Grooming Your Dog

How to Groom And Clip Your Dog For Good Health And Appearance

How your dog benefits from grooming

A gloriously shiny coat is a sign of a healthy dog, but proper grooming does more than simply make your dog look good. Grooming stimulates and invigorates your dog’s skin and this is a natural defence against disease and health risks posed by parasites, fungi and bacteria.

Regular grooming enables you to monitor your dog’s health – for example to check for sore spots, painful joints, strange lumps or grass seeds. This helps to avoid serious health concerns and to keep your dog in top condition.

Grooming is also a perfect way to strengthen the bond between you and your dog – just look at that bright, happy expression on your dog’s face and its wagging tail!

Grooming your dog at home

Your dog’s grooming starts from the moment it is born, when its mother licks and cleans her pup. This is nature’s way of grooming and bonding. That is why it helps to begin grooming your pup as soon as it arrives home so it will associate this with its mother’s care.

Start grooming by choosing a brush that won’t damage your dog’s skin. Always brush gently with the lay of the coat and groom all parts of the body including the legs and feet. This will also get your pup used to handling.

Treat grooming like an obedience session with praise and treats for good behaviour.

As your pup grows it may be easier (and kinder on your back) to have it sit, lie down or stand on a raised surface such as a garden table or the top of the washing machine. Take care to make the surface non-slip!

If your dog’s breed is one with a long or double coat, pay special attention to the thicker areas of the coat, especially behind the ears, in the ‘armpits’, under the tail and at the rear of the back legs. If you choose to use a rake or de-matting tool, stroke gently as skin damage can result from incorrect or rough use.

Professional grooming should be introduced at about 4-5 months. At this age your pup is ready to become familiar with hydrobaths, clippers and dryers.

Tips on bathing your dog at home

Make sure your dog is on a non-slip surface and the water is comfortably warm. Do not use human shampoo as this may damage your dog’s skin. Some dogs have conditions or allergies that require special shampoo. If so, ensure you follow the manufacturer’s or your vet’s instructions.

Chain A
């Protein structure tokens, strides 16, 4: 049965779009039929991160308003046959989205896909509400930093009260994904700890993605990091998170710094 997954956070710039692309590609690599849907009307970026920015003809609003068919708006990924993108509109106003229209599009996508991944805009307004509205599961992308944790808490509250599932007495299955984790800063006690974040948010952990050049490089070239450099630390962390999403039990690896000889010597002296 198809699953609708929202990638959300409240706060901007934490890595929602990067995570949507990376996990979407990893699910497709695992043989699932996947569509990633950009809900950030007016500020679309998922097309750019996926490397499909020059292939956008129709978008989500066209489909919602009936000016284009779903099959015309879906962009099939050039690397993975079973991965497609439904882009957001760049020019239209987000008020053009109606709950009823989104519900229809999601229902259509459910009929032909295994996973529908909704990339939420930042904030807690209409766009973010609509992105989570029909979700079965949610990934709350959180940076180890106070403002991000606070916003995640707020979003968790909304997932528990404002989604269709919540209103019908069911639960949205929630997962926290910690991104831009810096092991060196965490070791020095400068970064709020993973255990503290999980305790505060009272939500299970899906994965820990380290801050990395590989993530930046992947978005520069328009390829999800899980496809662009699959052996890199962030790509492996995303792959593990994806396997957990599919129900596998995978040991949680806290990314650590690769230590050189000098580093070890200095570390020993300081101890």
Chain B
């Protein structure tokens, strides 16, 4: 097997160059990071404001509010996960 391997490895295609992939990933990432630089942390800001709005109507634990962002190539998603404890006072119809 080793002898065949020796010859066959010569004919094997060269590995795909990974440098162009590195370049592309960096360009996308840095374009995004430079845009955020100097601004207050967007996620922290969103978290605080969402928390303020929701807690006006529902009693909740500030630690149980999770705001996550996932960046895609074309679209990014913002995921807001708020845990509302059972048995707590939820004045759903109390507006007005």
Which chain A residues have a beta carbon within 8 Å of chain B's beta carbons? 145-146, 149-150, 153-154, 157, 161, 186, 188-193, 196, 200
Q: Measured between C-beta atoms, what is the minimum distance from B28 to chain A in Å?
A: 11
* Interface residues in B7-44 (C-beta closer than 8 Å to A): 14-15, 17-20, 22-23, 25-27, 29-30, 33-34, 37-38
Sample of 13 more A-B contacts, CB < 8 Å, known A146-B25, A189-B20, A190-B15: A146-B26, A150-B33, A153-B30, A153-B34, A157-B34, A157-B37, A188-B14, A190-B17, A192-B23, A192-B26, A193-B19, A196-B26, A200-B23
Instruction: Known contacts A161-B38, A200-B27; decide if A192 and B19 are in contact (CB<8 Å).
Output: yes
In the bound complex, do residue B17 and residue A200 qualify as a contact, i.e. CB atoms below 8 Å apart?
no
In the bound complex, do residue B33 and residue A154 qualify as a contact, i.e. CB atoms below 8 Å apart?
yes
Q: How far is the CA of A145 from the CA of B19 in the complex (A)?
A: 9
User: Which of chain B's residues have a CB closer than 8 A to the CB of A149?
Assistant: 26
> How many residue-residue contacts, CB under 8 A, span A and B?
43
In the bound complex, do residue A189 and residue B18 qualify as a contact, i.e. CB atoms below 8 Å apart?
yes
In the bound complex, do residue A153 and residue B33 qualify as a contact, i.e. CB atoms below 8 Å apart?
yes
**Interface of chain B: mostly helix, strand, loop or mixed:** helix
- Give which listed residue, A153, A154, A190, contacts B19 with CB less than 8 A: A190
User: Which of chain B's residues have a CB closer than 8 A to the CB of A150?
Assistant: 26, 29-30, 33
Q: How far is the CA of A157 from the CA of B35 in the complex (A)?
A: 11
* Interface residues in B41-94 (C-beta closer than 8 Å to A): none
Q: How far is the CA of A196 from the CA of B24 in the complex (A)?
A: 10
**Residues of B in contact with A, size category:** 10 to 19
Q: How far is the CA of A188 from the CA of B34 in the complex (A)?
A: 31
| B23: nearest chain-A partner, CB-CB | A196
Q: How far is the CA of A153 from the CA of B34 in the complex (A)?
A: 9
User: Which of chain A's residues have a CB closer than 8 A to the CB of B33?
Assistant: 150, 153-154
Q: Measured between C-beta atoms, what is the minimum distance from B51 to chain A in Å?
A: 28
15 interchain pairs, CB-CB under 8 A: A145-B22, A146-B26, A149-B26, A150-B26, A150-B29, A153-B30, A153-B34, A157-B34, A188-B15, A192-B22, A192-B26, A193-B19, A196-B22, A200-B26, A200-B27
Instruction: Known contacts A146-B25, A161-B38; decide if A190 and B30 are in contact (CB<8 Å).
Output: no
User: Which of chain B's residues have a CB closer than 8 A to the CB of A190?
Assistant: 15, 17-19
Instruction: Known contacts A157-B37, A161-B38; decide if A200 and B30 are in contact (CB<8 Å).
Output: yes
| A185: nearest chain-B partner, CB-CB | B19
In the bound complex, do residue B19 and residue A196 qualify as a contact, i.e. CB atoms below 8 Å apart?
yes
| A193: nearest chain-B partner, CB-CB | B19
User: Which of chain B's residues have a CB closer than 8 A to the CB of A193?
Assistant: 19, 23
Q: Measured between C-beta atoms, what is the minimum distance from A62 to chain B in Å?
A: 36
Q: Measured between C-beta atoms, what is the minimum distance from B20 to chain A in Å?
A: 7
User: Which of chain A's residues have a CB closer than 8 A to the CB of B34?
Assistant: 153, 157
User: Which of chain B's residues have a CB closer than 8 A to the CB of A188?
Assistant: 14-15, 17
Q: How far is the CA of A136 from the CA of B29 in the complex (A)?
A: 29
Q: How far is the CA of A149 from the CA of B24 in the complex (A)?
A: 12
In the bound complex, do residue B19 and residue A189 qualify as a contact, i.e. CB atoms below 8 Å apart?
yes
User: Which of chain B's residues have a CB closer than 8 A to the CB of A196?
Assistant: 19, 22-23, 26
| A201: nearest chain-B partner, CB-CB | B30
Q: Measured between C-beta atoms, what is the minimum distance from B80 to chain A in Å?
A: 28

For the best results, wet your dog and place enough pet shampoo to cover a 50 cent piece on a damp sponge. Gently sponge your dog’s coat all over. Do not rub long hair as it will cause matting. Squeeze out the dirt, rinse thoroughly and repeat.

A pet conditioner is recommended for long haired breeds.

Allow your dog to shake dry, then gently towel dry by squeezing out water rather than rubbing. If you use a hairdryer, hold the dryer at least 30cm away from your pet and make sure it is on a cool setting. Be careful as your dog may be frightened by the dryer at first. For long coated breeds make sure there are no knots or mats in the coat before bathing as they will tighten and become more difficult to remove when wet. Brush thoroughly before bathing and again once dry.

How often should you groom your dog?

The amount of grooming your dog needs depends on the length and texture of its coat, how active it is and what it discovers while playing. Whatever the breed, long or short haired, regular grooming will make life more enjoyable and less stressful for a dog. The following guide will help you find the right level of grooming. Ask your local vet for more advice.

  • Some long coated breeds need weekly bathing and daily brushing to keep their coat free from matting.
  • Short coated dogs such as Staffordshire Bull Terriers and Boxers need monthlybathing but still require brushing once or twice a week to remove dead hair and invigorate their skin.
  • Long and/or double coated breeds such as Border Collies or German Shepherds need monthly bathing but may require daily brushing.
  • Poodles and other breeds whose hair grows constantly require regular clipping to avoid matting and minimise the risk of parasites or debris.
  • Breeds like Schnauzers, West Highland White Terriers, Cavalier King Charles Spaniels and Cocker Spaniels all need regular and specialised grooming to maintain the traditional style for their breed.

Your Grooming Checklist

  • Lips and ears (particularly Spaniels) – check and clean away food debris
  • Eyes – clean away any discharge
  • Ears – unfortunately some dogs have hair growing in their ear canals. This hair raps wax and tends to provide a fertile environment for parasites, bacteria and yeasts. Pluck hair and gently clean where you can see inside the ear canal.
  • Feet – remove debris and vegetation caught between the pads and toes daily
  • Remove faecal matter around the anus
  • Remove hair or debris lodged around the vulva
  • Remove matts of hair
  • Nails – most will wear down naturally but sometimes they do need cutting, in particular the dew claws

Invest in the right grooming tools

For long coated and double coated breeds you will need:

  • A slicker brush – make sure it is soft and the pins not too stiff.
  • A comb. The type with revolving teeth is particularly good, as it eases through knots and tangles without pulling. This type also removes dead undercoat effectively.

For short coated breeds we recommend:

  • A Zoom Groom or rubber curry comb. Finish off with a damp chamois, or sheepskin mitt for that extra sheen.

Please ask your local Vets4Pets vet or our friendly staff if you have any questions. You can find an excellent range of grooming products at your local clinic and in our online shop.